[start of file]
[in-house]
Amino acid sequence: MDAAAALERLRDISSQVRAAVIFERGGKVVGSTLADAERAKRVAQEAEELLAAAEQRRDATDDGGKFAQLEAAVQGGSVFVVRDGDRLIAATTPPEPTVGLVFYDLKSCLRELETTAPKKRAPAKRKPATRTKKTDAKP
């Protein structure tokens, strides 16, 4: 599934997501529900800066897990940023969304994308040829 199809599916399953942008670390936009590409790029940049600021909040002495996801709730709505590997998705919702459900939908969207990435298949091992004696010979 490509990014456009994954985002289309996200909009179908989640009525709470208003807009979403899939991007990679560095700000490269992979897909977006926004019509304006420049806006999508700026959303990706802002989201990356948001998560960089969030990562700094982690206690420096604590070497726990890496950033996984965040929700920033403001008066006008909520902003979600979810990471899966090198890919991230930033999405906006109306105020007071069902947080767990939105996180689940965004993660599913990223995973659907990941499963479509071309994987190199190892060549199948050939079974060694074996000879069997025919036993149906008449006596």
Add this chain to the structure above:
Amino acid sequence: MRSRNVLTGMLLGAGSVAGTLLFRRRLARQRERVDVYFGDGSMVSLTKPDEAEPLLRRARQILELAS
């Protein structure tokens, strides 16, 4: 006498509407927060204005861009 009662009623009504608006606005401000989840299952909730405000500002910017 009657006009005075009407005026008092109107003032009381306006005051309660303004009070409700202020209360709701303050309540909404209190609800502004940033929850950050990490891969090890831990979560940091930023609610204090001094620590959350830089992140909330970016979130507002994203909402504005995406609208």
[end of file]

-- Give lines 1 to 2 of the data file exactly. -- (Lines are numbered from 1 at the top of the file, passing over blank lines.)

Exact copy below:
[in-house]
Amino acid sequence: MDAAAALERLRDISSQVRAAVIFERGGKVVGSTLADAERAKRVAQEAEELLAAAEQRRDATDDGGKFAQLEAAVQGGSVFVVRDGDRLIAATTPPEPTVGLVFYDLKSCLRELETTAPKKRAPAKRKPATRTKKTDAKP